Voting Rights Act of 1965
a law designed to help end formal and informal barriers to African-American suffrage
the practice of keeping blacks from voting in the southern states' primaries through arbitrary use of registration requirements and intimidation
The condition in which people, although not guaranteed equal rewards, expect to have comparable chances to compete for those rewards
the issue raised when women who hold traditionally female jobs are paid less than men for working at jobs requiring comparable skill
A policy designed to redress past discrimination against women and minority groups through measures to improve their economic and educational opportunities
Equal Protection Clause
14th amendment clause that prohibits states from denying equal protection under the law, and has been used to combat discrimination
In the context of determining representative districts, the process by which a majority of the population is from the minority.
Engel v. Vitale (1962)
Prohibited state-sponsored recitation of prayer in public schools by virtue of 1st Amendment's establishment clause and the 14th Amendment's due process clause; Warren Court's judicial activism.
New York Times v. US
The President argues that the publication of the Pentagon Papers is in violation of executive privilege. Result: The barring of the publication of these papers is in violation of the 1st A. Publication does not imperial the public.
Schenk v. United States (1919)
Speech may be punished if it creates a clear-and-present-danger test of illegal acts
Tinker v. Des Moines
Students have the right to symbolic speech at school as long as it is not disruptive
Wisconsin v. Yoder
Amish children do not have to go to school until they are 16---they may stop after the 8th grade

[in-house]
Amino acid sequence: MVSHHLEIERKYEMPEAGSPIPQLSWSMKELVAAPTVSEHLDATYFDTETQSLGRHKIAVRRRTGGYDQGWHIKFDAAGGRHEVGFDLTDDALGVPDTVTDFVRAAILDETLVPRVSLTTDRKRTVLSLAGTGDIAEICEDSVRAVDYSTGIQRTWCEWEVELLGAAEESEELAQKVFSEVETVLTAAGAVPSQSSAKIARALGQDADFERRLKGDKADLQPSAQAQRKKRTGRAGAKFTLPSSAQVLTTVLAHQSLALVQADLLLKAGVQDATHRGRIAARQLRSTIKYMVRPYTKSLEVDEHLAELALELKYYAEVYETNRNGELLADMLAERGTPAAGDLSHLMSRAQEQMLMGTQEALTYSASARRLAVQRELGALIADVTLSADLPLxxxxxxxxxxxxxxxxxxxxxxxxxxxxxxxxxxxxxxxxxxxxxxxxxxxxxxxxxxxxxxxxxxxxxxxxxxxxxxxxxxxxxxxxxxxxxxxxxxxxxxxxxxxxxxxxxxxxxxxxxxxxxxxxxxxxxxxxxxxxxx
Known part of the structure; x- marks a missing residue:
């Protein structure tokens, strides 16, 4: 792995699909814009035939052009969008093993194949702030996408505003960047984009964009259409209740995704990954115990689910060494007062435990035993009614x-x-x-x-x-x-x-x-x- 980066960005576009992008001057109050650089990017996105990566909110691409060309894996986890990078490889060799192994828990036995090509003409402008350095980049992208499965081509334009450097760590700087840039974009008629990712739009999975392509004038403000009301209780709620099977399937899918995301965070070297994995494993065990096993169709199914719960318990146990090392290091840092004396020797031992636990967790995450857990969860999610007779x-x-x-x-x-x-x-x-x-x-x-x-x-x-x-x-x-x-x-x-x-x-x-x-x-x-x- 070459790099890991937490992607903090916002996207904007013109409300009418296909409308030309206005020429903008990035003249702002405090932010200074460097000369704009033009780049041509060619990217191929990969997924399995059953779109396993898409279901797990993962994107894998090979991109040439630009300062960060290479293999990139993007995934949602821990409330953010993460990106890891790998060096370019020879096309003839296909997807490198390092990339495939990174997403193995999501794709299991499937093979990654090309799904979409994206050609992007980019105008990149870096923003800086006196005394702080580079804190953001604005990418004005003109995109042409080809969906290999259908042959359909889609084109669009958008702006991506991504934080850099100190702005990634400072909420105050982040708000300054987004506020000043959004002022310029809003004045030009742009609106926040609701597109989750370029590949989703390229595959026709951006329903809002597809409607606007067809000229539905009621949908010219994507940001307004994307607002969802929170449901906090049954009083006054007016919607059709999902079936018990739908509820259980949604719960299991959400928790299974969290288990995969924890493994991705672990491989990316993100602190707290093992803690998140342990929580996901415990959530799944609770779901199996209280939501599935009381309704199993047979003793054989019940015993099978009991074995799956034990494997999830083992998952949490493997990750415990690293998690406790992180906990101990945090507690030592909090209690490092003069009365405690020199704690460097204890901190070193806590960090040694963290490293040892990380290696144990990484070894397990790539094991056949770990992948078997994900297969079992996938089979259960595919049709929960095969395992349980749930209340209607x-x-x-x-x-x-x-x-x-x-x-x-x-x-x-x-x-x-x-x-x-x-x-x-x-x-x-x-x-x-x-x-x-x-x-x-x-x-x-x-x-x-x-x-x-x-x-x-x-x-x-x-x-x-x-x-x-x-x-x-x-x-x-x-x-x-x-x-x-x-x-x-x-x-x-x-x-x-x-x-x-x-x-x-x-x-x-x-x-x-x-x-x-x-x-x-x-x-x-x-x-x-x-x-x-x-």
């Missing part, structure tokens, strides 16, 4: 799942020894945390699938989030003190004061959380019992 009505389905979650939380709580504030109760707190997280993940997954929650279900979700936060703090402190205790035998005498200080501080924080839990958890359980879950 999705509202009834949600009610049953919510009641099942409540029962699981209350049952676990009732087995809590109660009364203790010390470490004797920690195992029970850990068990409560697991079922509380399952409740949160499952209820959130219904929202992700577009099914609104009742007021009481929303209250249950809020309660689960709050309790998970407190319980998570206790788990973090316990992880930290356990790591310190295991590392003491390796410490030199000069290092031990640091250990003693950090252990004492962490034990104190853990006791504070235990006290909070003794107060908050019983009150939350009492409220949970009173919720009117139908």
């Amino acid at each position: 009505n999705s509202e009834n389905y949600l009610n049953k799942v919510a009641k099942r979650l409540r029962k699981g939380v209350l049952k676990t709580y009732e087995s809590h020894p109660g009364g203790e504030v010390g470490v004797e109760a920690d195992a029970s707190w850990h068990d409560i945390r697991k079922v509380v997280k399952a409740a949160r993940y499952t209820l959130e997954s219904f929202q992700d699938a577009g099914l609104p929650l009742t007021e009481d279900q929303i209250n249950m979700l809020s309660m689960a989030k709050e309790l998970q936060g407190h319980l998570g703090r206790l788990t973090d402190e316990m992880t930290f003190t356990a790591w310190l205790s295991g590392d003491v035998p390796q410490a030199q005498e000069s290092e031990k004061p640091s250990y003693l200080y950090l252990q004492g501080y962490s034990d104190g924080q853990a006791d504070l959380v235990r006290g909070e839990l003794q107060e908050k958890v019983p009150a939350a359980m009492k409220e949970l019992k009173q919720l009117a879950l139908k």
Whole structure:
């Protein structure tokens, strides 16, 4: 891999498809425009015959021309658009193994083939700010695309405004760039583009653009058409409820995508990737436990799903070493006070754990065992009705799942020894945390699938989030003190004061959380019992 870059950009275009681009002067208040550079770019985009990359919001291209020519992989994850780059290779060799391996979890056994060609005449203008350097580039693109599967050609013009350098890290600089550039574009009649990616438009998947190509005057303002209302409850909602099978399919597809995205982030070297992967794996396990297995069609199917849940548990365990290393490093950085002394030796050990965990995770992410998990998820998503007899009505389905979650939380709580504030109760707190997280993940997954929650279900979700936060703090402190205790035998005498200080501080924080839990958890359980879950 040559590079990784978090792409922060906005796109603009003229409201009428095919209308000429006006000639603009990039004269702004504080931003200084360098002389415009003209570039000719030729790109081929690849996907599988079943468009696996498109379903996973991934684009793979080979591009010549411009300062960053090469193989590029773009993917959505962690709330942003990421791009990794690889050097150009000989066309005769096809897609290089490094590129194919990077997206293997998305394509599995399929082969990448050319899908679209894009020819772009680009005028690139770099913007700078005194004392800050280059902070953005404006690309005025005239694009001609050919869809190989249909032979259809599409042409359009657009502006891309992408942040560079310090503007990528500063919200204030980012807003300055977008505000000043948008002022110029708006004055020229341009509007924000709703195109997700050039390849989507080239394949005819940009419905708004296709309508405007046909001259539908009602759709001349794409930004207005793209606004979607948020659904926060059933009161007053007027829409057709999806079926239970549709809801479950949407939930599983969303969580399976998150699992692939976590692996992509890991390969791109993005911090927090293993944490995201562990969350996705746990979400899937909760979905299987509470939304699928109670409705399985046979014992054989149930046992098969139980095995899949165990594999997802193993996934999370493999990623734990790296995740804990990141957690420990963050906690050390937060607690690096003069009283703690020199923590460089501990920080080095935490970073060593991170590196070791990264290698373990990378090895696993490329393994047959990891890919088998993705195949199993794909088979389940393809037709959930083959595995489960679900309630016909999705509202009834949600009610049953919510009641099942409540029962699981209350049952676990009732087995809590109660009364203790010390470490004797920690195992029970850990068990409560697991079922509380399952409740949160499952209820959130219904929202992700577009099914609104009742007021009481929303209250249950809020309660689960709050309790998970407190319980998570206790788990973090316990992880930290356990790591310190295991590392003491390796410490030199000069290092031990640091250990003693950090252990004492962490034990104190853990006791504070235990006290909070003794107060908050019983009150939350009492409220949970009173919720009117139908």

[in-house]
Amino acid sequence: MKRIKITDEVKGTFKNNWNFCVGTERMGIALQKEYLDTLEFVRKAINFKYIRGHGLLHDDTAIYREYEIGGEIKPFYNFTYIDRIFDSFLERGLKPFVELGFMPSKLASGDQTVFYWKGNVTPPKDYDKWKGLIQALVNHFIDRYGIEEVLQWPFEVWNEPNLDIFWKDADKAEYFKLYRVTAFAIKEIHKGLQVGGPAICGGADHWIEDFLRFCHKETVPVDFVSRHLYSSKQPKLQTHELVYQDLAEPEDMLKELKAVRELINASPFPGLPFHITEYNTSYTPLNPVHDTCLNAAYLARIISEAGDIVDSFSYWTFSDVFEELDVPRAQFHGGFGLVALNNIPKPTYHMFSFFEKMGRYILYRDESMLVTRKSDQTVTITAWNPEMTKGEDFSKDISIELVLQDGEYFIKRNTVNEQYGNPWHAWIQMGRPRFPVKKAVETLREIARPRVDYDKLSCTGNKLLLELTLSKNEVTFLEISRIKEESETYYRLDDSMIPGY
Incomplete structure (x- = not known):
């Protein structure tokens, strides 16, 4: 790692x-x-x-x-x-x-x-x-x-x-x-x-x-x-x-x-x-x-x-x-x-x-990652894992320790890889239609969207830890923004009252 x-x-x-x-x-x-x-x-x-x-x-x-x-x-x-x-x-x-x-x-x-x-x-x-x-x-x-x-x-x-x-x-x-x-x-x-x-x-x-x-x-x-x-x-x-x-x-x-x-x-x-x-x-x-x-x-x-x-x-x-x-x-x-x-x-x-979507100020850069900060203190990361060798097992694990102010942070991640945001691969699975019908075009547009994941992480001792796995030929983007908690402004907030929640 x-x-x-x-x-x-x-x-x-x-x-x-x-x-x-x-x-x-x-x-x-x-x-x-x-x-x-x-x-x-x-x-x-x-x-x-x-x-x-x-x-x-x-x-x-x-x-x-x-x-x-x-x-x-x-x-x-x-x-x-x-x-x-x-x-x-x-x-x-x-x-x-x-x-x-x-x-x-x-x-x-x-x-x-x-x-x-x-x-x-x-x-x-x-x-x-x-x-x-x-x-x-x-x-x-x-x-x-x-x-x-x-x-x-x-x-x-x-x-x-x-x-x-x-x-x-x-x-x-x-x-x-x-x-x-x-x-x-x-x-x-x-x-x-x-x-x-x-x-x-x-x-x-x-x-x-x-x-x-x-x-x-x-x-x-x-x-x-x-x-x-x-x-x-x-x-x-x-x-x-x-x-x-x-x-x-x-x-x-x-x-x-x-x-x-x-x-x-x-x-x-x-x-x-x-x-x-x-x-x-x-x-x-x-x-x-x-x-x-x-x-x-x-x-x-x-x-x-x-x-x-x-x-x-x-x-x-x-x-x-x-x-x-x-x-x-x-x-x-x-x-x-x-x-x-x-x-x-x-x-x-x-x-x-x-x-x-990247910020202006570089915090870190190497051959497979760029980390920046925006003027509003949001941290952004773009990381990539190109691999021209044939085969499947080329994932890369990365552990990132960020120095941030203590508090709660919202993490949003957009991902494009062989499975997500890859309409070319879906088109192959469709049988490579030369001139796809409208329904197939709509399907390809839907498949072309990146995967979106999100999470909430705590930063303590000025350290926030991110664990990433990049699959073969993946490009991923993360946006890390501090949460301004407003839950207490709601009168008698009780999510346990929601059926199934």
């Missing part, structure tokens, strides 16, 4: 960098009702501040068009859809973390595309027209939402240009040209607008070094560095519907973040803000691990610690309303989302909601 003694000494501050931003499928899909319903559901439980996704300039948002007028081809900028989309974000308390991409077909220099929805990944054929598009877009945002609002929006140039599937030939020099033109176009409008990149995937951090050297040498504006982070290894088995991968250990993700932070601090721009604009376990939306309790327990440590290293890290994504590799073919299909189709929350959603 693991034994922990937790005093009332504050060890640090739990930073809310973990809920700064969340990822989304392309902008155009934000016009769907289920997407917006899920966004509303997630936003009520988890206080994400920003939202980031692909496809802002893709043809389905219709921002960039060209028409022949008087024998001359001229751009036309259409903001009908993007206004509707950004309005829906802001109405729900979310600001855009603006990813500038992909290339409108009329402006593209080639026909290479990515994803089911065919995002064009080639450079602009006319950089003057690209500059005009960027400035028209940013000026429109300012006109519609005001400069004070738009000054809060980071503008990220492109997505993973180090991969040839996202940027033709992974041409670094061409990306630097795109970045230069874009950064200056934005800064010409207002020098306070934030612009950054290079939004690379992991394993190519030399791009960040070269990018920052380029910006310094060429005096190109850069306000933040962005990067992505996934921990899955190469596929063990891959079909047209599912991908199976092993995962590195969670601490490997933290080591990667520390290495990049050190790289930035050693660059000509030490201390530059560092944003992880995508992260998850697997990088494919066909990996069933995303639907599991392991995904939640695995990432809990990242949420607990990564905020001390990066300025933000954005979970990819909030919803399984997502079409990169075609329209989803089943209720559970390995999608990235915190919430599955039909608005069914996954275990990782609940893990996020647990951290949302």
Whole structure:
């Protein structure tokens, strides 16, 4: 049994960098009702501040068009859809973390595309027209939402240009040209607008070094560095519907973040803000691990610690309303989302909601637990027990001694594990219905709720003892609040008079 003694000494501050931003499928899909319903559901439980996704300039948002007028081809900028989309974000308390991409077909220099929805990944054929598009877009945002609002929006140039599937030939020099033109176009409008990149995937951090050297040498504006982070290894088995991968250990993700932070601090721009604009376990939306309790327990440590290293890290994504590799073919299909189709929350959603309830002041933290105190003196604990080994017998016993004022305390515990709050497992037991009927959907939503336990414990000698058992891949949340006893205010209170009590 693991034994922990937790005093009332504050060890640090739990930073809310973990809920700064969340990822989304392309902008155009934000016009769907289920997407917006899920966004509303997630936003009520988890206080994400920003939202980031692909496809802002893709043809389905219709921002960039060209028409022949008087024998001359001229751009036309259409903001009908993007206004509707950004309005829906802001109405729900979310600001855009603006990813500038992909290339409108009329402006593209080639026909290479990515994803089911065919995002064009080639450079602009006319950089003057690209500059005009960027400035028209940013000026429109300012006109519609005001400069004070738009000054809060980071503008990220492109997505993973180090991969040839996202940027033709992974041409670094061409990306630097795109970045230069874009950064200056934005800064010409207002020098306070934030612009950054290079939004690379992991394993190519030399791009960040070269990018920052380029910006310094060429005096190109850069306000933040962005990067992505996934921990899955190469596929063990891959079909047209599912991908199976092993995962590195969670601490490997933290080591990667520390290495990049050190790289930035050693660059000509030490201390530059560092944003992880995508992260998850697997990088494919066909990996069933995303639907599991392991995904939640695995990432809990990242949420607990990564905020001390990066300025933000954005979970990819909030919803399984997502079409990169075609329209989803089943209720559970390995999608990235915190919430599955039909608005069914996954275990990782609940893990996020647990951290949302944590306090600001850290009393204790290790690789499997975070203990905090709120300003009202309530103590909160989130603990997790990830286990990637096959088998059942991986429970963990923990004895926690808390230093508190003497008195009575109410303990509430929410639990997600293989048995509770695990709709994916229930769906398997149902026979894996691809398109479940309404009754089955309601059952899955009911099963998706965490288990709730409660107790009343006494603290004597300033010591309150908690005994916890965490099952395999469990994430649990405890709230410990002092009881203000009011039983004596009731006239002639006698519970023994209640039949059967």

Gideon v. Wainwright (1963)
Extends to the defendant the right of counsel in all state and federal criminal trials regardless of their ability to pay.
McDonald v. Chicago
Incorporated the 2nd Amendment right to bear arms to the states
Roe v. Wade
(1973) legalized abortion on the basis of a woman's right to privacy
Brown v. Board of Education
1954 - The Supreme Court overruled Plessy v. Ferguson, declared that racially segregated facilities are inherently unequal and ordered all public schools desegregated.
Shaw v. Reno
NO racial gerrymandering; race cannot be the sole or predominant factor in redrawing legislative boundaries; majority-minority districts.
Baker v. Carr
case that est. one man one vote. this decision created guidelines for drawing up congresional districts and guaranteed a more equitable system of representation to the citizens of each state
A written plan of government
Federalist 78 (Hamilton)
Judiciary branch isn't too powerful because it doesn't have the power of the purse or sword; can't tax, enforce laws, or bring the nation to war
"Letter from a Birmingham Jail," 1963
A letter written by Martin Luther King Jr. after he had been arrested when he took part in a nonviolent march against segregation. He was disappointed more Christians didn't speak out against racism. Advocated nonviolence protest methods